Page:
7. Tap the caliper a few times with a rubber mallet or a "dead-blow" hammer.  This helps knock loose any air bubbles that may be clinging to inside surfaces of the caliper.

  8. Have your assistant PUSH hard on the brake pedal and HOLD.  With a quick motion, open the bleed screw about 1/8 turn.  Fluid (and air bubbles) will flow through the clear plastic tube and into the catch bottle.  A shop light, placed behind the plastic tube, will make it easier to see the condition of the fluid coming from the caliper.

  9. Close the bleed screw before the brake pedal reaches the floor.  Don't worry if your timing is off at first.  You will quickly figure it out, with feedback from your assistant. 

  10. Tell your assistant to RELEASE.

  11. Repeat steps 8 - 10.  Do this about 6 times, then stop and check the fluid level in the master cylinder reservoir.  You MUST NOT allow the level to fall to the point where air is sucked into the master cylinder.

  12. Top off the brake fluid reservoir and continue bleeding until you no longer see air bubbles coming from the caliper.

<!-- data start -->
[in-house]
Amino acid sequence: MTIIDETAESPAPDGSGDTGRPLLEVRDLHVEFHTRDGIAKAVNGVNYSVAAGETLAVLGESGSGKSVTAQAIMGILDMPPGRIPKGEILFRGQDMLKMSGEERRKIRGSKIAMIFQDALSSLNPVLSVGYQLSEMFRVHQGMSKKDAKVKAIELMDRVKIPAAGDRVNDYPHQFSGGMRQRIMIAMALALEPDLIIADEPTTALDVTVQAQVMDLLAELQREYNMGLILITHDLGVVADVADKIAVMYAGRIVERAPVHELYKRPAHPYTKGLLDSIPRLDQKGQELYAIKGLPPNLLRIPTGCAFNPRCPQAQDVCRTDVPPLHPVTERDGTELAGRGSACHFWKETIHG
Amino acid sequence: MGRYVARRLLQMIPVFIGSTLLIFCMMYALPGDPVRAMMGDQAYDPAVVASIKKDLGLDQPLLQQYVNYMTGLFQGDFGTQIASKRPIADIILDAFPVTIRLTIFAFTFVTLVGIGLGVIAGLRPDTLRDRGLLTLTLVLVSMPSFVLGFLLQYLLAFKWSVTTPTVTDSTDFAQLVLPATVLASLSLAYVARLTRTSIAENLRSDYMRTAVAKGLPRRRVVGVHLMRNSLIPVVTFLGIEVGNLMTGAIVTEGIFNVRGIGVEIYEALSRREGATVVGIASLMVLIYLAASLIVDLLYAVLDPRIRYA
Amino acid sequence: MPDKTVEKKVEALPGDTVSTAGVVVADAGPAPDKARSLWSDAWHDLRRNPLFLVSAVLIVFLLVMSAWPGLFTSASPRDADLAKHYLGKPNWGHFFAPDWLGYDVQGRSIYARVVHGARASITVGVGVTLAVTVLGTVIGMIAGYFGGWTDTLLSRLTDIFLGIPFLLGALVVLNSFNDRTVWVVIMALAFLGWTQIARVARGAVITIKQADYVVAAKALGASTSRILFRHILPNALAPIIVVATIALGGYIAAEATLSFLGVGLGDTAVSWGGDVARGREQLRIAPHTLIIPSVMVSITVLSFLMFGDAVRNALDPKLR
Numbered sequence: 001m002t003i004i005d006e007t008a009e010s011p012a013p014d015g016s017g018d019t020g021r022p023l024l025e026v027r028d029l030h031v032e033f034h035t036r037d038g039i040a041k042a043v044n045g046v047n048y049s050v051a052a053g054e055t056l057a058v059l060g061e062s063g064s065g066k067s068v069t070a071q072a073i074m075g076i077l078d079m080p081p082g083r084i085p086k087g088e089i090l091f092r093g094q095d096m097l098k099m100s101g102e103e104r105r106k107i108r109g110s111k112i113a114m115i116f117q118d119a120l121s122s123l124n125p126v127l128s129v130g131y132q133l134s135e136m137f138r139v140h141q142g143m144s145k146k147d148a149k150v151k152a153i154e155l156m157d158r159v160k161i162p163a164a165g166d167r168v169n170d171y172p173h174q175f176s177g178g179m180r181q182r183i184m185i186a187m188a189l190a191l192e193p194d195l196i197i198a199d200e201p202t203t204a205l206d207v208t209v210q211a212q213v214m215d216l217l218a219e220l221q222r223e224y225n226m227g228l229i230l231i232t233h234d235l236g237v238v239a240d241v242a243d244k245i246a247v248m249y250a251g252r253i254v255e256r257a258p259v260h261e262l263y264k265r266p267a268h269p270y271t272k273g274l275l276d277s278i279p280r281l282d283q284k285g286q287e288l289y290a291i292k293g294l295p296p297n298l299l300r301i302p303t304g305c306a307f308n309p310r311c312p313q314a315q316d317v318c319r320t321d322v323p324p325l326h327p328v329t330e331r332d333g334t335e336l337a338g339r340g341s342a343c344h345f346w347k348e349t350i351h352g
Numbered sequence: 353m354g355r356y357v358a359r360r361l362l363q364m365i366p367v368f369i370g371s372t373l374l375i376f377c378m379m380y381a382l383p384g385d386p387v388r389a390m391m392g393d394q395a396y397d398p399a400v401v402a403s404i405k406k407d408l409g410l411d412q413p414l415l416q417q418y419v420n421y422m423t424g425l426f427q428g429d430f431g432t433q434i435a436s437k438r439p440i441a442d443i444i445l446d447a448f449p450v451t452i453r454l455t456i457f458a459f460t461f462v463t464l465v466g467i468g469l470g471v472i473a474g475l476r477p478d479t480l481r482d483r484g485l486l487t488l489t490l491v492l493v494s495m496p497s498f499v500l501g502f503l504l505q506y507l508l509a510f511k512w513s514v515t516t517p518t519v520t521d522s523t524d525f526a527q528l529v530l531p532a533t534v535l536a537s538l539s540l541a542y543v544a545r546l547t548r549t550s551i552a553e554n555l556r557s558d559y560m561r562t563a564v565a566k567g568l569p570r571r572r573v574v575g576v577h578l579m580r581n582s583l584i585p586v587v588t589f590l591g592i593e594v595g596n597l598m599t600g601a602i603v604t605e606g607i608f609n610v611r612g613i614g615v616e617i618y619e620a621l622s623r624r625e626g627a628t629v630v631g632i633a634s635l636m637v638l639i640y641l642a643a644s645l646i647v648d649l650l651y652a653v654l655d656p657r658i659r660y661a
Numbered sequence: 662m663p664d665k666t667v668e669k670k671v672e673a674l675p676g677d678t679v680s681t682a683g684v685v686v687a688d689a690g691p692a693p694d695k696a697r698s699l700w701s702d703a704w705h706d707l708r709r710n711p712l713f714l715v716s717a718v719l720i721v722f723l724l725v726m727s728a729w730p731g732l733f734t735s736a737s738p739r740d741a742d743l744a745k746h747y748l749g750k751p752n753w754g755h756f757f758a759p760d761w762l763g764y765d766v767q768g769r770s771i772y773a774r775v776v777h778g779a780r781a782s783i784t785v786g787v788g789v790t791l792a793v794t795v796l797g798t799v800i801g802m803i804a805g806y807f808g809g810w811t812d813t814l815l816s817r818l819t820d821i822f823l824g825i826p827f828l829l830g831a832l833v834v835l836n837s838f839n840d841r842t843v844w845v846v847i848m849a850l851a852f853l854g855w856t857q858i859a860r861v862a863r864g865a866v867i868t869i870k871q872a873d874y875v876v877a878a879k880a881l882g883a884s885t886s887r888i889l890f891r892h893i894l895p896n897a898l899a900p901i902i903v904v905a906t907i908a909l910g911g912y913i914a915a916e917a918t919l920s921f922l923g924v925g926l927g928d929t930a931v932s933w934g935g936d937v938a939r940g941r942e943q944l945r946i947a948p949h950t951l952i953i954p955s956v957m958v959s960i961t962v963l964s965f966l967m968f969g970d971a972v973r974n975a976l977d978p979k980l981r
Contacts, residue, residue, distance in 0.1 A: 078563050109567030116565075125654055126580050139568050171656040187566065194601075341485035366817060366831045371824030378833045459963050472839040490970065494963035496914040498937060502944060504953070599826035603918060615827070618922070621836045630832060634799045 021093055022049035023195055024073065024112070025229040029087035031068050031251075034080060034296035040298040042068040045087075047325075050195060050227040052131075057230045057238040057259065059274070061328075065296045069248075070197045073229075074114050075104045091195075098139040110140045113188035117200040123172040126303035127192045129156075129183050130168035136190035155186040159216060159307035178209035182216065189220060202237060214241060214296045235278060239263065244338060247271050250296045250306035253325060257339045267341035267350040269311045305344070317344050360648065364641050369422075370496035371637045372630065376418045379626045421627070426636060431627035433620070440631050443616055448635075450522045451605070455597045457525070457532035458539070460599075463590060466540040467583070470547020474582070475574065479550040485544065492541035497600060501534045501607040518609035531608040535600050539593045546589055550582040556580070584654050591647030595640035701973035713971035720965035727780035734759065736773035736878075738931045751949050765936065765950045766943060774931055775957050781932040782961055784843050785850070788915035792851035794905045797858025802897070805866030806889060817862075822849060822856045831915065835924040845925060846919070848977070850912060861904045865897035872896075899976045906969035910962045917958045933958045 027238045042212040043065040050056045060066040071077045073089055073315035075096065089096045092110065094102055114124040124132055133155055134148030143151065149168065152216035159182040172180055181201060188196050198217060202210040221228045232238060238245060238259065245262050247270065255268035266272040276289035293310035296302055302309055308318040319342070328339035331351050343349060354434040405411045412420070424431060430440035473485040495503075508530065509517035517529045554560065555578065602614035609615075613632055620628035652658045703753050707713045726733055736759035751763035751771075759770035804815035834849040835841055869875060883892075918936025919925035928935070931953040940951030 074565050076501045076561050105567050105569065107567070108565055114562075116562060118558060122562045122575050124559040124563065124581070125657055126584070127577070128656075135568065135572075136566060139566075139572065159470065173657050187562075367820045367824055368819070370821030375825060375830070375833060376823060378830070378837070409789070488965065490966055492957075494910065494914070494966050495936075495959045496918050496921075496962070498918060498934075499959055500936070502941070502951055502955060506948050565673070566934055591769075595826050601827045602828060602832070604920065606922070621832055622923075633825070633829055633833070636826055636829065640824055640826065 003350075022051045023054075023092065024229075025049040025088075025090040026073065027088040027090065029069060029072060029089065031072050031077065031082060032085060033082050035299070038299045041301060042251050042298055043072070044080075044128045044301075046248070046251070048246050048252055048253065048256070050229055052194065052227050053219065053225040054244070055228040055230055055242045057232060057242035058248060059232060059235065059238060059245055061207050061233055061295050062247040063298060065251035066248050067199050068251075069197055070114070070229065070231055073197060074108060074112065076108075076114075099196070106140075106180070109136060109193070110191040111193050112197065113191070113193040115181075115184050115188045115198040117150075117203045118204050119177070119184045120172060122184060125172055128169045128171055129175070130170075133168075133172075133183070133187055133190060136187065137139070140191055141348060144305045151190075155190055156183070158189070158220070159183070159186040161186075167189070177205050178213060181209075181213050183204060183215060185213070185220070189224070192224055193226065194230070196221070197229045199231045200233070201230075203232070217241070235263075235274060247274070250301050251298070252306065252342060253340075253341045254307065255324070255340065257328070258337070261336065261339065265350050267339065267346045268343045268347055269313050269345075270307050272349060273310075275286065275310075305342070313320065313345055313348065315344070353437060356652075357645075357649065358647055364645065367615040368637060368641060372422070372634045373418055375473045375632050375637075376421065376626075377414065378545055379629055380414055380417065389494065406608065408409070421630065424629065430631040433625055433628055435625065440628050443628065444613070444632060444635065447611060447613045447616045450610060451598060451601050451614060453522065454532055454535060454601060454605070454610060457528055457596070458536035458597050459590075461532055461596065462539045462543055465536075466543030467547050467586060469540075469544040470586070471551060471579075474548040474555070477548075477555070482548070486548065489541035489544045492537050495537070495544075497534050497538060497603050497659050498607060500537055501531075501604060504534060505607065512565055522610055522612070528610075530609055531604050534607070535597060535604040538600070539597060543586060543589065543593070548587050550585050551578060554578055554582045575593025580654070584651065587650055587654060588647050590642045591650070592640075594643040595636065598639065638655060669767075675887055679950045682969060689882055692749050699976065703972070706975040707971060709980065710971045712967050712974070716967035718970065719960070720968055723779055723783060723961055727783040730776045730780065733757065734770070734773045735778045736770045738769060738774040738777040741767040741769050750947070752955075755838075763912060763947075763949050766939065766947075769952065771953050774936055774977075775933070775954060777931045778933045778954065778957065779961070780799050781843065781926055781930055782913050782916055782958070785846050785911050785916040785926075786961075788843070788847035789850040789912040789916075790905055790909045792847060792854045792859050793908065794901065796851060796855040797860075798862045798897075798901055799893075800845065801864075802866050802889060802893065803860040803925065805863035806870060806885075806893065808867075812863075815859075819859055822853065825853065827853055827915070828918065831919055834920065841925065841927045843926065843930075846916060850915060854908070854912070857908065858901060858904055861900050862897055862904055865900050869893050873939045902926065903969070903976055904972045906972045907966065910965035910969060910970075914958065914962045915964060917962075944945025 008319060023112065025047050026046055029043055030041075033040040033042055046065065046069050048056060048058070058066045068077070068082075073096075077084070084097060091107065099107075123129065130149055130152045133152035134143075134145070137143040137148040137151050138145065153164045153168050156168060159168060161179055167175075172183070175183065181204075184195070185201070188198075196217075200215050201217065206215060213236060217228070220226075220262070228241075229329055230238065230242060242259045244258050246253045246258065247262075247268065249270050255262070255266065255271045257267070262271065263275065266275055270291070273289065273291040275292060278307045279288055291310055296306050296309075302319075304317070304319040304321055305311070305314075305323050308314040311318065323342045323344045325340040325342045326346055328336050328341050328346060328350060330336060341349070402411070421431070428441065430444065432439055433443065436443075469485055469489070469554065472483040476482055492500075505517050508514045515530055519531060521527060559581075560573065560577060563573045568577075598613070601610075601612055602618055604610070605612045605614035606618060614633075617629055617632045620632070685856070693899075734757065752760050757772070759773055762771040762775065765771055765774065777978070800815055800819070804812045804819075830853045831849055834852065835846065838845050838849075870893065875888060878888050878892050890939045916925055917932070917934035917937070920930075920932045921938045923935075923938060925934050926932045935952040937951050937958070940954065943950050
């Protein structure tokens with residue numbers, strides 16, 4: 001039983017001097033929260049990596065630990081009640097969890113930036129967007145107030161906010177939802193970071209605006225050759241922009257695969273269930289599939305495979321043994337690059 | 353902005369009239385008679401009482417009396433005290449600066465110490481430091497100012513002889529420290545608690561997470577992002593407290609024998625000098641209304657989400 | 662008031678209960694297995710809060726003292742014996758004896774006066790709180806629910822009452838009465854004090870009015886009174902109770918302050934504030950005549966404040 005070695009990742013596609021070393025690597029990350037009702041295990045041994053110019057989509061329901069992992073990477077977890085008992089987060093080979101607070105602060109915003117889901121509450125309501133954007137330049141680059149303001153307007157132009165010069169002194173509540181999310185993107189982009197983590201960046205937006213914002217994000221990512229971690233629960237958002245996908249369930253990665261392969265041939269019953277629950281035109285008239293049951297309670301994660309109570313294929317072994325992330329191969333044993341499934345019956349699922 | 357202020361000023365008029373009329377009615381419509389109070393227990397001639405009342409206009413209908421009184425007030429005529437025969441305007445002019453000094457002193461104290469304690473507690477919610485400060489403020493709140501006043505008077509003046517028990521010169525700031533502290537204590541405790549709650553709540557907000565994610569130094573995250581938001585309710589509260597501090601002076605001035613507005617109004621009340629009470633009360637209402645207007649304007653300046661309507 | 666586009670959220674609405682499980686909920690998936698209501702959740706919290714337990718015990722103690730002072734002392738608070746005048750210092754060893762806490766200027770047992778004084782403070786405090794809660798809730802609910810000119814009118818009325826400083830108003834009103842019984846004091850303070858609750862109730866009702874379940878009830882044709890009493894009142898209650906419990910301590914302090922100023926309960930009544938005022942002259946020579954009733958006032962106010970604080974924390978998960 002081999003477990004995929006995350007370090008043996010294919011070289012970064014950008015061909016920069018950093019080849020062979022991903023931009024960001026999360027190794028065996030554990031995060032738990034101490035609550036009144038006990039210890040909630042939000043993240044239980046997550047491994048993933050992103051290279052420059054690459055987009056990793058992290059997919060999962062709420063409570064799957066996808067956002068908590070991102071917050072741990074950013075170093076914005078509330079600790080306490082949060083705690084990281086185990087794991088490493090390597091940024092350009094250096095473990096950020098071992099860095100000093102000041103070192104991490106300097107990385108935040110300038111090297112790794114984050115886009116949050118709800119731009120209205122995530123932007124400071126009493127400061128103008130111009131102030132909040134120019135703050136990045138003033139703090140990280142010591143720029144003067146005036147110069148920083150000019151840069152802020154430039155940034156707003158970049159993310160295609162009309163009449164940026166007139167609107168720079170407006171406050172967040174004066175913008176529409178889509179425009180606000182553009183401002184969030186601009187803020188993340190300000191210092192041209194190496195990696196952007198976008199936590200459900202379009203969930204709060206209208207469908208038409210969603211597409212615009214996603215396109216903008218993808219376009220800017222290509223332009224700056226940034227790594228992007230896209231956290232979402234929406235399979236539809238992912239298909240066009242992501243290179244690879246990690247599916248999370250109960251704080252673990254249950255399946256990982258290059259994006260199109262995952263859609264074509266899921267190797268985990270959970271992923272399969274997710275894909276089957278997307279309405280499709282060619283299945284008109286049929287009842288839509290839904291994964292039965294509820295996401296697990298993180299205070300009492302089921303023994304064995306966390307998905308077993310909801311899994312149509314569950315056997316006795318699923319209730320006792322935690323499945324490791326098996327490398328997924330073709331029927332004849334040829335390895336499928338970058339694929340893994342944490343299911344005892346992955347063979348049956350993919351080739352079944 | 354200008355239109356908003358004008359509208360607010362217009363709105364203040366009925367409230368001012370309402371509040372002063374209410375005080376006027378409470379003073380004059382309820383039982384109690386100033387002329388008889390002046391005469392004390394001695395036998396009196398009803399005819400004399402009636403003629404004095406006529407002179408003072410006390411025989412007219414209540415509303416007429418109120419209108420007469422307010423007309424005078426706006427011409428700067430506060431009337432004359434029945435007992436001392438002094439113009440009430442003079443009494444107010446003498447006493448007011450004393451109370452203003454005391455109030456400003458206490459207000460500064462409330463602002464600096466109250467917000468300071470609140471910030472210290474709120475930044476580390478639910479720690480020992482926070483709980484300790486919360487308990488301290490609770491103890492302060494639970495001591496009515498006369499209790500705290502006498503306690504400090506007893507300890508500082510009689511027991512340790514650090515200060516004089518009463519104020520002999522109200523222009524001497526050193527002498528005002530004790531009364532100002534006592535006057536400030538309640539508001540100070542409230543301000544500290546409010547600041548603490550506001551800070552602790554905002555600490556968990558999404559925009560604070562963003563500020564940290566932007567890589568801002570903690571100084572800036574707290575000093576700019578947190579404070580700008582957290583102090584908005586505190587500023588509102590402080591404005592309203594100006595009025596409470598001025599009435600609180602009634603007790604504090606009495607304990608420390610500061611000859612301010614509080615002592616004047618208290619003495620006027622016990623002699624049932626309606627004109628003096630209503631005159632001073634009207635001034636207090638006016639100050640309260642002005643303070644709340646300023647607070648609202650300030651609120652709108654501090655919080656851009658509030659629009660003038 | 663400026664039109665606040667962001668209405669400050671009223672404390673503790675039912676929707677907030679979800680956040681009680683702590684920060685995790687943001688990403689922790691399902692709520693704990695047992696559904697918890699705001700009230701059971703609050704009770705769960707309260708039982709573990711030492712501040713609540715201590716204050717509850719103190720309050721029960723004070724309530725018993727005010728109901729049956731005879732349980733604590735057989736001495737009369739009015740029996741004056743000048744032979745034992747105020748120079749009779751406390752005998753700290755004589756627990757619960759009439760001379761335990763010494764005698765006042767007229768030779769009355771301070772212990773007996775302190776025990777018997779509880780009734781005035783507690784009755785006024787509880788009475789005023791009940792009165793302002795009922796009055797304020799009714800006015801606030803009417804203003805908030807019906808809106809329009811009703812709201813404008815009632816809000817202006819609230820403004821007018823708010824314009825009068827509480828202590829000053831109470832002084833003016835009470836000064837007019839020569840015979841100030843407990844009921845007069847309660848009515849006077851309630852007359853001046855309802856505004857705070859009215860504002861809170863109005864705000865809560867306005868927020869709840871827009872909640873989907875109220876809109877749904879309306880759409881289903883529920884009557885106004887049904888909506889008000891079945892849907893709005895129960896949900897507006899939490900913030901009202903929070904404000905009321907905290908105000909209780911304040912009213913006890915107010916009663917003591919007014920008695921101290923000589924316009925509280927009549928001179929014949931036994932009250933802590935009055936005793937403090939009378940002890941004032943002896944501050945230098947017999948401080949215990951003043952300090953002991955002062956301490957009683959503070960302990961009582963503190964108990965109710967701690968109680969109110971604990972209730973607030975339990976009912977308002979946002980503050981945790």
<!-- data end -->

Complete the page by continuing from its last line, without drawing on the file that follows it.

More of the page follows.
13. Repeat the process for the other rear caliper.

  14. Ensure both calipers are wiped clean of any brake fluid and that none has spilled on the rotors or pads.  Use brake cleaning spray, if necessary.  Reinstall rear wheels and torque to factory specification, then lower car to the ground.

  15. Apply the parking brake, put the car in gear (or PARK) and raise the front of the car with your jack.  Lower it onto a pair of jackstands. 

  16. Remove the front wheels.

  17. Follow the same steps as with the rear wheels.  The fluid will flow more rapidly from the front calipers, so you should check the level in the reservoir more frequently.

  18. Reinstall and torque front wheels, then lower the car to the ground. 

  19. Top off the brake fluid reservoir and replace the cap.